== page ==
Theresa May has defended her party's record on pensions when pressed on the matter by a BBC reporter although, in doing so, she made no mention of the controversial triple lock policy.
Speaking at a toothpaste factory in her constituency of Maidenhead on Friday, the prime minister defended the Conservative's record on pensions, which has included the introduction of pension freedom from 2015 and, as part of the coalition administration five years earlier, the triple lock.
May (pictured) said: "Look what the Conservatives in government have done. Pensioners today are £1,250 a year better off as a result of action that has been taken.
"We were very clear about the need to ensure we support people in old age and that's exactly what we've done."
Though not explicitly pressed on the triple lock - the mechanism that has guaranteed an annual rise in the state pension since 2010 - the Conservative leader made no mention of the policy, leading to speculation it could be abandoned in the party's manifesto.
In his Autumn Statement last year, Chancellor Philip Hammond announced the government's intention to keep the triple lock until the end of the current parliament, which was expected to be 2020 at the time.
And, according to the BBC, Hammond also avoided answering questions on the triple lock on Friday, explaining voters would have to "wait and see" what the party's policy will be.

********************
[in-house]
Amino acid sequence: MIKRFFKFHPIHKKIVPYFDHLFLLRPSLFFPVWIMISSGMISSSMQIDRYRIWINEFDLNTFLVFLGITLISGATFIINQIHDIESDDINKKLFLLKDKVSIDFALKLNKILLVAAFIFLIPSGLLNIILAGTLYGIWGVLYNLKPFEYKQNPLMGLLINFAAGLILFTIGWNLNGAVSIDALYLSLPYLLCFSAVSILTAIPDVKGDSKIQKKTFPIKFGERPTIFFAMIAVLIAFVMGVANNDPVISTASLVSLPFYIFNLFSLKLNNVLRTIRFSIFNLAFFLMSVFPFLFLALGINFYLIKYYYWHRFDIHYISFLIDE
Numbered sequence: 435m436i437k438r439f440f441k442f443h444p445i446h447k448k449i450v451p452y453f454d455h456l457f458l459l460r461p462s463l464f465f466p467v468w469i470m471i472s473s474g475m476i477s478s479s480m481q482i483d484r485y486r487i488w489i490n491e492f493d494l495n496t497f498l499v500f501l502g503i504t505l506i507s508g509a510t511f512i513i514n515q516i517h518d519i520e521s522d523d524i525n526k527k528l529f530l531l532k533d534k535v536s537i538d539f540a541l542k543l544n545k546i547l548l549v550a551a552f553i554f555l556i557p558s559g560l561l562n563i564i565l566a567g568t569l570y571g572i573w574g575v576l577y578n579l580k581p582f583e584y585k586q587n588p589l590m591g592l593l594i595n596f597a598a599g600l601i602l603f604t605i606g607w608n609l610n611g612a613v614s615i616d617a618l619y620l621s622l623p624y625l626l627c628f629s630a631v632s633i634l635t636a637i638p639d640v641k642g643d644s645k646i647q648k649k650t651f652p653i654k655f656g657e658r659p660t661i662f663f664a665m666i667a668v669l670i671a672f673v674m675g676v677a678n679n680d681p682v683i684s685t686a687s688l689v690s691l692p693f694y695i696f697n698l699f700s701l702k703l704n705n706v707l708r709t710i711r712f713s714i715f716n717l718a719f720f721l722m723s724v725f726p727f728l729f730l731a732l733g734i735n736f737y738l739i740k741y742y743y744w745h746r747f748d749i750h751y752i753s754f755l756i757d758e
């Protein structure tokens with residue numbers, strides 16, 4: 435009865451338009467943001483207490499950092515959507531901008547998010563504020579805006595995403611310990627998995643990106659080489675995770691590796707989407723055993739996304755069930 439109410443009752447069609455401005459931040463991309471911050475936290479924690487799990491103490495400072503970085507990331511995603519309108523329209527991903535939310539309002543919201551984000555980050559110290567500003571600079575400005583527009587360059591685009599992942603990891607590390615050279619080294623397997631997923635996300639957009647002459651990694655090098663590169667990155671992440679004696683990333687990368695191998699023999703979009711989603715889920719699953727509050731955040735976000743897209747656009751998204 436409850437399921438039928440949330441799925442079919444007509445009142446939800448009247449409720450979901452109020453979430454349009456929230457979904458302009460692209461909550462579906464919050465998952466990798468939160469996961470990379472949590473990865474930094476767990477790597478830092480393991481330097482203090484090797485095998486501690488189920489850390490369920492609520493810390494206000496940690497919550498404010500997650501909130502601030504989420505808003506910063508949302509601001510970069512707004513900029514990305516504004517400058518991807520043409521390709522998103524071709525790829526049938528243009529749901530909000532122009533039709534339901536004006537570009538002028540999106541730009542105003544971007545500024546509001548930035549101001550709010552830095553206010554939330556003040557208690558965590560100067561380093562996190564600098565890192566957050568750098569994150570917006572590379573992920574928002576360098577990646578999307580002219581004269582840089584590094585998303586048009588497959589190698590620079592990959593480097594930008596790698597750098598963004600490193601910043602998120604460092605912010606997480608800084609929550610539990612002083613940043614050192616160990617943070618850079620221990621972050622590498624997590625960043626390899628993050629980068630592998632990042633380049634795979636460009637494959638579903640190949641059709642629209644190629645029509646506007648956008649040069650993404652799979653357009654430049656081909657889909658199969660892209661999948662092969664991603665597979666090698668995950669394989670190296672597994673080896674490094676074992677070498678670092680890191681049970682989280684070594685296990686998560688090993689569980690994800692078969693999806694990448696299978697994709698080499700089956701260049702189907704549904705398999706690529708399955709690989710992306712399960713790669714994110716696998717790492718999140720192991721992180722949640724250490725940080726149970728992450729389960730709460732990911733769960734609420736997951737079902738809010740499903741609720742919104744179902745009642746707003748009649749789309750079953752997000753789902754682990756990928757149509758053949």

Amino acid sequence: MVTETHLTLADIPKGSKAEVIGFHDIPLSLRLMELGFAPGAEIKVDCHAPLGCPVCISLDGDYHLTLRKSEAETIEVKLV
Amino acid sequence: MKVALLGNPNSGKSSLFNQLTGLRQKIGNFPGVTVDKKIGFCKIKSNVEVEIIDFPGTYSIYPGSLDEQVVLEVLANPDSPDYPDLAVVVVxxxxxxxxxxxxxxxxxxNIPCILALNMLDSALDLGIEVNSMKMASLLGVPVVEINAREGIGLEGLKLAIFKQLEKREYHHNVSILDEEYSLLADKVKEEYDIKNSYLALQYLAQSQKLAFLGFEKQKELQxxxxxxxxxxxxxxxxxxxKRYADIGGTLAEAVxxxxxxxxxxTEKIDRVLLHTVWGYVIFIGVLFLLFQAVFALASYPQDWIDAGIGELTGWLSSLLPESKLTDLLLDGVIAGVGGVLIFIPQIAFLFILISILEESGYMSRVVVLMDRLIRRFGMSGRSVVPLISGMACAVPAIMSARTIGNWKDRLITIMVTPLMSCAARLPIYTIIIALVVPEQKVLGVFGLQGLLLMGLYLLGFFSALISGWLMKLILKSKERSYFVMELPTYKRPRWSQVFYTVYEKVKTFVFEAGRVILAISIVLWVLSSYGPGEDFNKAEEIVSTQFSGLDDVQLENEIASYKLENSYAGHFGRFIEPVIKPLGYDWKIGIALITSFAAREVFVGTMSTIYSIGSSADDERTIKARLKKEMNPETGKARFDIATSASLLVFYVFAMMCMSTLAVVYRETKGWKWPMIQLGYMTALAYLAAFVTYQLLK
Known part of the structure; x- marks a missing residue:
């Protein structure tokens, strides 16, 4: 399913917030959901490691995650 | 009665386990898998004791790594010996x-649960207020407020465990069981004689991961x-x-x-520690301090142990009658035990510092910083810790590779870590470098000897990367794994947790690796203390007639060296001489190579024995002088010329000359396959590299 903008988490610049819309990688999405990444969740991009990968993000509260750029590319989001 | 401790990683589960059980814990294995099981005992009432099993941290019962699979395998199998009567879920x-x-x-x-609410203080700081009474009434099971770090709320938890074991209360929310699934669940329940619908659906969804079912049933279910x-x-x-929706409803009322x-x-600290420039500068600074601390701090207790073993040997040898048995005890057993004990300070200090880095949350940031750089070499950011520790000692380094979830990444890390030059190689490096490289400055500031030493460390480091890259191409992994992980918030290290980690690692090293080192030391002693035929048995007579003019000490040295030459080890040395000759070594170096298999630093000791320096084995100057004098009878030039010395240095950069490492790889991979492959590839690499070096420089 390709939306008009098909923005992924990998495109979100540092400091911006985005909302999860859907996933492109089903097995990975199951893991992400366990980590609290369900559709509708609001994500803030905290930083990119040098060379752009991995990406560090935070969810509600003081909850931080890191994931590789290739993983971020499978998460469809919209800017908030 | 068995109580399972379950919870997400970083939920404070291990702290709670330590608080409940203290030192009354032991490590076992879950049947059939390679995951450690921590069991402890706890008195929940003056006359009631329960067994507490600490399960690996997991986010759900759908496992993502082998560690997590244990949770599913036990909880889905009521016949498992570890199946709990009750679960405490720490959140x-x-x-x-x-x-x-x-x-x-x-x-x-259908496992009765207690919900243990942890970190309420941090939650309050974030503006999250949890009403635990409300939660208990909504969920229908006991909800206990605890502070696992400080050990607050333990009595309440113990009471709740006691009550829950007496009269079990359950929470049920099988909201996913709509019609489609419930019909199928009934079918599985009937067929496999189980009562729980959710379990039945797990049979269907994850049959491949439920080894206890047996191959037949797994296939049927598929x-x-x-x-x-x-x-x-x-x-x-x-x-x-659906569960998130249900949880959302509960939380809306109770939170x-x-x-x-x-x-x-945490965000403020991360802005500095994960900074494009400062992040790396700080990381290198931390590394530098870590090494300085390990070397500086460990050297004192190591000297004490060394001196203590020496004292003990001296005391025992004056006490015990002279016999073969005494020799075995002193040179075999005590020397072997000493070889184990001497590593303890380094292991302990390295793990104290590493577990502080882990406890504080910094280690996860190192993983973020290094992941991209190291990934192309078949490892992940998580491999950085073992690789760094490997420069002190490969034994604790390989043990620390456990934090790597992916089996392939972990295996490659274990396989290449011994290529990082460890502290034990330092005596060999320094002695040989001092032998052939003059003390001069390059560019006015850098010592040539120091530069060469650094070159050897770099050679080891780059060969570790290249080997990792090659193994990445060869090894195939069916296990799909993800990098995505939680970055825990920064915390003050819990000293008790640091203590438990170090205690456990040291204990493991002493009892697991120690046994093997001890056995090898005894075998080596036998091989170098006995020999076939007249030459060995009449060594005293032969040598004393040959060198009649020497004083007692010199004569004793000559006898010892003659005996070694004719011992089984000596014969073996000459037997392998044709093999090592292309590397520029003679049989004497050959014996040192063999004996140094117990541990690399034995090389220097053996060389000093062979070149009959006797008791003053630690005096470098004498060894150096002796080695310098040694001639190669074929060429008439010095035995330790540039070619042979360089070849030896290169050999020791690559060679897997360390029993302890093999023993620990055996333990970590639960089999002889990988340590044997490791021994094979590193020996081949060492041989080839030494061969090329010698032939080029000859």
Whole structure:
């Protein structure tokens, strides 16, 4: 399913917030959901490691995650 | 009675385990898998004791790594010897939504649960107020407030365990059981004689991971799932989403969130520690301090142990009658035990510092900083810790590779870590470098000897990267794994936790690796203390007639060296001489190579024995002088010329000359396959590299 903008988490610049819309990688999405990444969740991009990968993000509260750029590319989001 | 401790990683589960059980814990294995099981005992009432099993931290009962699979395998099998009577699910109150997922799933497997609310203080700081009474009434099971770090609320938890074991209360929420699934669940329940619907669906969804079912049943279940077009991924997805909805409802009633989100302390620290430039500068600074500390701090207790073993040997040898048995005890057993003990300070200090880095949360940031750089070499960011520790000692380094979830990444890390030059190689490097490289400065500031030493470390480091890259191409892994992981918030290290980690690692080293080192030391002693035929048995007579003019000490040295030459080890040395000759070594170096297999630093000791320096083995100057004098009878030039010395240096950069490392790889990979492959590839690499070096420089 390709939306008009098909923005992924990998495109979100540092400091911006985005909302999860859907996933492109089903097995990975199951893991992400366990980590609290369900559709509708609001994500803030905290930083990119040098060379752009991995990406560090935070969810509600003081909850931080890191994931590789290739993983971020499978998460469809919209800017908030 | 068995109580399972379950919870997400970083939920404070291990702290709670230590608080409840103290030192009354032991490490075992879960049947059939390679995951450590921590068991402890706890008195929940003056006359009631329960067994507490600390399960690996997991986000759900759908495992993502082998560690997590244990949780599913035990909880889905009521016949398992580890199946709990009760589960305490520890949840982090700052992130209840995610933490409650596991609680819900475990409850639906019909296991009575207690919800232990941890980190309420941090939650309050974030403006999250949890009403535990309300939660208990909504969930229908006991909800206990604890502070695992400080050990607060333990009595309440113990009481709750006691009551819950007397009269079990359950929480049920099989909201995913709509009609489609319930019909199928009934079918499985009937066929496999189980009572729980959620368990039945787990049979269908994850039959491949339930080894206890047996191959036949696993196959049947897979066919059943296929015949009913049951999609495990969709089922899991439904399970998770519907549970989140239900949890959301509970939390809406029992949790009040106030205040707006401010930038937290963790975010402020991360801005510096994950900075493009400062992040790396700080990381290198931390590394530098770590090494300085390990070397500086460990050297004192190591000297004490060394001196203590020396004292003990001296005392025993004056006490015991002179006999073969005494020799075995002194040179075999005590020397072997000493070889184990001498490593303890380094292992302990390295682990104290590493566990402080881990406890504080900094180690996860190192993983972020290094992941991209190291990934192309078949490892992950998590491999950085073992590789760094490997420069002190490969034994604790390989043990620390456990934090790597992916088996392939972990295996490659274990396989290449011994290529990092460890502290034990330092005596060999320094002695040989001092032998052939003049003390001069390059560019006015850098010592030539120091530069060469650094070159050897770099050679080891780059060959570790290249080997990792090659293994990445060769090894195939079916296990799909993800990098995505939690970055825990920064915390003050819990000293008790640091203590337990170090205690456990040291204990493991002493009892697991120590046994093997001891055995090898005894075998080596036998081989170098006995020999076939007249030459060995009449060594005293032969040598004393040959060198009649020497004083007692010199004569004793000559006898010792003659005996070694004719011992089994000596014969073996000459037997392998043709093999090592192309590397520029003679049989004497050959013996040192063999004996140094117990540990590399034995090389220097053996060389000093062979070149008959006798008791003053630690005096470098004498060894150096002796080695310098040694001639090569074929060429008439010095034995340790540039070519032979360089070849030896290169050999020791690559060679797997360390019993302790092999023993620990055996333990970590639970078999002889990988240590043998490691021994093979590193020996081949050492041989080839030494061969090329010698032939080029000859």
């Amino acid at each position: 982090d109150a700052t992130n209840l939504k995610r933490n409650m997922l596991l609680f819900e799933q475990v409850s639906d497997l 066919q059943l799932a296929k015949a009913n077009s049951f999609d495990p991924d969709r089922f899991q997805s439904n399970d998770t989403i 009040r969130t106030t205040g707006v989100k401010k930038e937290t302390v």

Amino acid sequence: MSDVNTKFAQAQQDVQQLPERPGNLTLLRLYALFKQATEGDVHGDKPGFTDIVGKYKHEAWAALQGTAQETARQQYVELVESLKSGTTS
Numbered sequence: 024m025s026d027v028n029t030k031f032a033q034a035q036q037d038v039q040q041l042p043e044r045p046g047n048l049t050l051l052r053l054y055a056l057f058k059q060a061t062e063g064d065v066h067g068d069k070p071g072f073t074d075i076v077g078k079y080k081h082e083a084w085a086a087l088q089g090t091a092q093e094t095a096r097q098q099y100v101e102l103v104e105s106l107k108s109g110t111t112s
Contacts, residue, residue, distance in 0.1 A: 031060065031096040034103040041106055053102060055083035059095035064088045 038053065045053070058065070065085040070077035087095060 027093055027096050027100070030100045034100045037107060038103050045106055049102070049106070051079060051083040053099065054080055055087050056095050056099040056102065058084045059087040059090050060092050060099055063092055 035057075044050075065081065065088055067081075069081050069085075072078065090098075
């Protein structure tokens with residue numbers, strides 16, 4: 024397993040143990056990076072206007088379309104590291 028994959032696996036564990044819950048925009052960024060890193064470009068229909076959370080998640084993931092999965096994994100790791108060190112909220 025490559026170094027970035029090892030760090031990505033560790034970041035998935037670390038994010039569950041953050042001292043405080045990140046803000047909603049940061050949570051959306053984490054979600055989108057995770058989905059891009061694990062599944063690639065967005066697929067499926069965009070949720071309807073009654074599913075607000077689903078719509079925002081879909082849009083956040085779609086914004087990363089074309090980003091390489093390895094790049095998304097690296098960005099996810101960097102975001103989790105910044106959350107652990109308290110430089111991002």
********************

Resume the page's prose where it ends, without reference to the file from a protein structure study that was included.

Earlier this month, before the snap election was called, Labour promised to keep the pension triple lock until 2025 and it is sticking to the pledge, despite many in the industry calling for its abolition.
Shadow Chancellor John McDonnell said: "Theresa May's refusal to commit the Tories to maintaining the pensions triple lock only further proves the Tories are abandoning older people. It's now clear pensions protections are now in jeopardy."
The triple lock ensures the government increases the state pension each April by the higher of growth in average earnings, the Consumer Price Index or 2.5%.
The Liberal Democrats, UKIP and Green Party have yet to address the topic so far at this early stage in the campaign. Party manifestos are expected to be published in the coming weeks ahead of the June 8 General Election.
The government's report on the state pension age is due at the beginning of May, and the outcome could provide more tricky pension policy terrain for the Conservatives heading into the last month of the election campaign.
In his report on the state pension age, John Cridland recommended the triple lock guarantee be ended in the next parliament and suggested bringing the state pension age forward to 68 over a two-year period - starting in 2037 and ending in 2039 - which would mean anyone currently under the age of 45 having to work for an extra year.
He also suggested there should be no move in the state pension age from 68 to 69 before 2047 at the earliest and that the pension age should never rise by more than one year in each 10-year period.
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